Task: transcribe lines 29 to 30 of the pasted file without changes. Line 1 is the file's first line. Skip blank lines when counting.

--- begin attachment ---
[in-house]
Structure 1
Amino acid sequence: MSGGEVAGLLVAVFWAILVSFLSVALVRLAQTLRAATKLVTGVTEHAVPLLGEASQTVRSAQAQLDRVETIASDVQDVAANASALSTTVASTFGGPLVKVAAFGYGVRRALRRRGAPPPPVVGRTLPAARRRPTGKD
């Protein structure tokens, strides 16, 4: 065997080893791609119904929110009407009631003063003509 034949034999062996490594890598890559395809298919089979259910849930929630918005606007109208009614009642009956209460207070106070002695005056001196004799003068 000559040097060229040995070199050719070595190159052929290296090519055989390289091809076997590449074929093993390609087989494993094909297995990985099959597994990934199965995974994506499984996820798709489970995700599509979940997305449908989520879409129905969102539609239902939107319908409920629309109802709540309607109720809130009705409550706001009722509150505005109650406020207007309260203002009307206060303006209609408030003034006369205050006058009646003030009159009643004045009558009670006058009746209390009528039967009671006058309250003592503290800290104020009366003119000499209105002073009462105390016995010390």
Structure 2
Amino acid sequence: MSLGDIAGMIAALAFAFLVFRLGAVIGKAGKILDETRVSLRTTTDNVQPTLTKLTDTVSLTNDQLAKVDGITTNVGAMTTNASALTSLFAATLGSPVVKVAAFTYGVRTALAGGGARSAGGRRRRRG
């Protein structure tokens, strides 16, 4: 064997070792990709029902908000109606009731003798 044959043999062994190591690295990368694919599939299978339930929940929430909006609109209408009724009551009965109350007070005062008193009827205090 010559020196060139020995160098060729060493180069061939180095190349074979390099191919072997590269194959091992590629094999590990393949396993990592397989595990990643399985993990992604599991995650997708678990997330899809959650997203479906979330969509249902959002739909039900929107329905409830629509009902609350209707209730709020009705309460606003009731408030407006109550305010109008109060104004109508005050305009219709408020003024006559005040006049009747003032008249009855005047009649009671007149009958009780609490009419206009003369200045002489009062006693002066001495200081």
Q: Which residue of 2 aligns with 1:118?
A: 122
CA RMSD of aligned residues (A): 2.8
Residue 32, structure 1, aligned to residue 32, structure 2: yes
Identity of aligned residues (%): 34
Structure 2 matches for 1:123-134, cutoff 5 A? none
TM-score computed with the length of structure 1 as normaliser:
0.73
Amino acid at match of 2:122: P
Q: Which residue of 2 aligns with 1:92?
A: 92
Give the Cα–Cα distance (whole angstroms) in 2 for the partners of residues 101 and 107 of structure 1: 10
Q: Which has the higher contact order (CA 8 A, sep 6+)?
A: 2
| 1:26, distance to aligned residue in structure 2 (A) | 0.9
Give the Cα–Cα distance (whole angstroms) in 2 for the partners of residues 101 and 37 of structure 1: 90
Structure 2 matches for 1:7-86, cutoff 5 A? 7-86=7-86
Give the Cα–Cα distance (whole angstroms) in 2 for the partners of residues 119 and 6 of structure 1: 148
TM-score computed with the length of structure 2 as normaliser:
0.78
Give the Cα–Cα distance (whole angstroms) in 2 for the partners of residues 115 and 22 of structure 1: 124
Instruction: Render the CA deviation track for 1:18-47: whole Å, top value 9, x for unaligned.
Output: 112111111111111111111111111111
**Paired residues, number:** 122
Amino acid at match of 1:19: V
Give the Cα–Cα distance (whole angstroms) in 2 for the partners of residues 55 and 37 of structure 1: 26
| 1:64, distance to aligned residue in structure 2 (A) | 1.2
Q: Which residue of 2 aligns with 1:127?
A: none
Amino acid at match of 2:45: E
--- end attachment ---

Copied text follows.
Instruction: Render the CA deviation track for 1:18-47: whole Å, top value 9, x for unaligned.
Output: 112111111111111111111111111111